PoliticsPA’s House Race Rankings: 4/6 Edition
By Louis Jacobson
PoliticsPA Contributing Writer
Last month’s vote on the Democratic health care plan was historic – but it didn’t do too much to shift PoliticsPA’s rankings of most vulnerable U.S. House Members from Pennsylvania.
While we’ve tweaked the rankings slightly, the vulnerable Democrats who cast a high-risk “yes” vote for the health care bill – Reps. Paul Kanjorski, Kathy Dahlkemper and Chris Carney – already ranked high on our original most-vulnerable list. And those who took the arguably safer course of voting “no”— Reps. Tim Holden and Jason Altmire — already ranked toward the bottom of our watch list.
In our second monthly ranking of the most vulnerable U.S. House seats in Pennsylvania we once again numbered lawmakers in descending order by the likelihood of a party switch.
Our rankings include 11 lawmakers; we’re considering the delegation’s other eight seats safe, though that could change if circumstances shift.
We’ll reiterate one caveat: It’s still early for Congressional races, and the outcomes of the May 18 primary could dramatically alter the contours of each contest listed here.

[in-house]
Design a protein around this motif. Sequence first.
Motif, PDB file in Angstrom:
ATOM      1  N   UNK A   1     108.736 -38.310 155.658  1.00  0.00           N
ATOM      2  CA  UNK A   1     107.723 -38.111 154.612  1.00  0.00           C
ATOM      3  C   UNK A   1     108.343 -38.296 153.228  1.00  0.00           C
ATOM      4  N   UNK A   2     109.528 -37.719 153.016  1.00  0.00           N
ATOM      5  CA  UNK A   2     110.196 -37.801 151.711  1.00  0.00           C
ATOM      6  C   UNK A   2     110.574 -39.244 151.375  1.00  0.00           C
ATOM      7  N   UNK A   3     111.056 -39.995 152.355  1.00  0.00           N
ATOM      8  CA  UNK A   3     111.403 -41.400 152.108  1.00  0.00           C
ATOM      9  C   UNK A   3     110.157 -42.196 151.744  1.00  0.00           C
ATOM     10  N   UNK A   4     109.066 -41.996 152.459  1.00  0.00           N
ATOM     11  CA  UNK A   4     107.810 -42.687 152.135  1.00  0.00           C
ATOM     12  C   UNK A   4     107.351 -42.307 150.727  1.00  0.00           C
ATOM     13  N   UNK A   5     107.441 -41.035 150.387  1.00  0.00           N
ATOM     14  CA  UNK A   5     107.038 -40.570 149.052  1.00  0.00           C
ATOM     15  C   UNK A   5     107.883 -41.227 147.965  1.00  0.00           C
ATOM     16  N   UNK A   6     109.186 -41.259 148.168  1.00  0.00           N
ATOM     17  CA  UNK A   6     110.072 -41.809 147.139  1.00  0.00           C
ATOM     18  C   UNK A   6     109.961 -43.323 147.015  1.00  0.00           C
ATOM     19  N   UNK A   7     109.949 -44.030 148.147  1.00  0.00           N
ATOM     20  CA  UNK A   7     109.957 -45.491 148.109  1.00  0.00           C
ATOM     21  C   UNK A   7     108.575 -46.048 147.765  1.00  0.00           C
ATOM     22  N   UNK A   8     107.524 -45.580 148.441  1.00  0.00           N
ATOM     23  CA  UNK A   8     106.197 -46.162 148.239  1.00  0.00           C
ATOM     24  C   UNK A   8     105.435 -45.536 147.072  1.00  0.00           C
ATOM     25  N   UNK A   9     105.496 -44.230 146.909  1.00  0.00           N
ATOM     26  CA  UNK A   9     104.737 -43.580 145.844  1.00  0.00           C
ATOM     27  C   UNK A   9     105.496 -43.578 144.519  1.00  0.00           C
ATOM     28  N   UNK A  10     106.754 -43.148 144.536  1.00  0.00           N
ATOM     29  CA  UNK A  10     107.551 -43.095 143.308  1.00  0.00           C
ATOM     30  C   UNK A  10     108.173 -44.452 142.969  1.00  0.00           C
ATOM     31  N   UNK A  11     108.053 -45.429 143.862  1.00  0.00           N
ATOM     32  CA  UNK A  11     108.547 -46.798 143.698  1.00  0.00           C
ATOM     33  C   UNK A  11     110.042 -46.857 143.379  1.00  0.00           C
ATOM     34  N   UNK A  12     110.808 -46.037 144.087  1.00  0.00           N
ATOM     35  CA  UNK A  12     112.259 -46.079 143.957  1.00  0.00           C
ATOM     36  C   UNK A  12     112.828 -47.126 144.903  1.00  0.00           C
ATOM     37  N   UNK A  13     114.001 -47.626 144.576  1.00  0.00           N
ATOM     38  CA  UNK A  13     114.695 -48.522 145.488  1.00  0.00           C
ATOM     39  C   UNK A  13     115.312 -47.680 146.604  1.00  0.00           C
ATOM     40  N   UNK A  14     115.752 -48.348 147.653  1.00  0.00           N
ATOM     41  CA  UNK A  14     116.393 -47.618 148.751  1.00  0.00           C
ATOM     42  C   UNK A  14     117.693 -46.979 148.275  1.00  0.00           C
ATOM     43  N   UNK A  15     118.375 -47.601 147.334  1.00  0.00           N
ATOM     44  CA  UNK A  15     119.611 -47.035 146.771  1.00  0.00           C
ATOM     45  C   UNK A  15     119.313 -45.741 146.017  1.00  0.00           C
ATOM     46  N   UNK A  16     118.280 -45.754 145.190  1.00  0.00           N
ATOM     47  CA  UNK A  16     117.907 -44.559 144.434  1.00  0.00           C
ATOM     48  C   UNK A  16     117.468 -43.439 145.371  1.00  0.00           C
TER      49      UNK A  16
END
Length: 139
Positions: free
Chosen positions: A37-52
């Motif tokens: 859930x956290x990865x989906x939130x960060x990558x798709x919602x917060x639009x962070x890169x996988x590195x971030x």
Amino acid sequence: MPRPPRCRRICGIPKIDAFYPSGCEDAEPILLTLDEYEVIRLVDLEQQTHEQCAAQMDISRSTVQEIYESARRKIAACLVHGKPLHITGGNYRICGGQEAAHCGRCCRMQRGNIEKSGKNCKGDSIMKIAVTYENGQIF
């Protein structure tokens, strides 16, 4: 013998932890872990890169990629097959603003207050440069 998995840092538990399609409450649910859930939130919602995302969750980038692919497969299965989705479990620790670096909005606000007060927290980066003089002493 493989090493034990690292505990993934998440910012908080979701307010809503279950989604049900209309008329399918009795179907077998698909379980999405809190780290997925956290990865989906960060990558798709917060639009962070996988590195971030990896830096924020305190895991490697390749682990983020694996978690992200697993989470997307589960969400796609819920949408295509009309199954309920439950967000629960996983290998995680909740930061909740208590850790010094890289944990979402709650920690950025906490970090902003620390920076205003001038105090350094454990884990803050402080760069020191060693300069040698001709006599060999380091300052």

1.Open seat (currently held by Joe Sestak), (D-7). Previous ranking: 1. The seat held by outgoing Rep. Joe Sestak remains No. 1 on our list, but that doesn’t mean the race between Democrat Bryan Lentz and Republican Pat Meehan has been quiet. Indeed, the race exploded in March when the Lentz campaign petitioned to have Meehan knocked off the ballot. That might seem a ridiculous attempt against someone considered one of the Republican Party’s strongest candidates nationwide, but the former U.S. attorney himself acknowledged that some of the signatures on his ballot were fraudulent when he notified the district attorney of the problems. (The case has since been referred to the attorney general because of the DA’s ties to Meehan.) The Republican insists that he won’t be knocked off the ballot, and he’s criticized Lentz for focusing on his signatures at the expense of issues like the economy. But the story has still received thorough coverage in the local papers, and it’s given Lentz a chance to highlight what he alleges are deep ties between Meehan and the local GOP machine. Still, this is an open seat, and unless he loses his place on the ballot, Meehan will likely remain a strong candidate. Lentz, a member of the state House Appropriations Committee, also could be pulled into yet another contentious budget debate in the coming months, siphoning time away from the campaign trial while simultaneously forcing him to make difficult votes.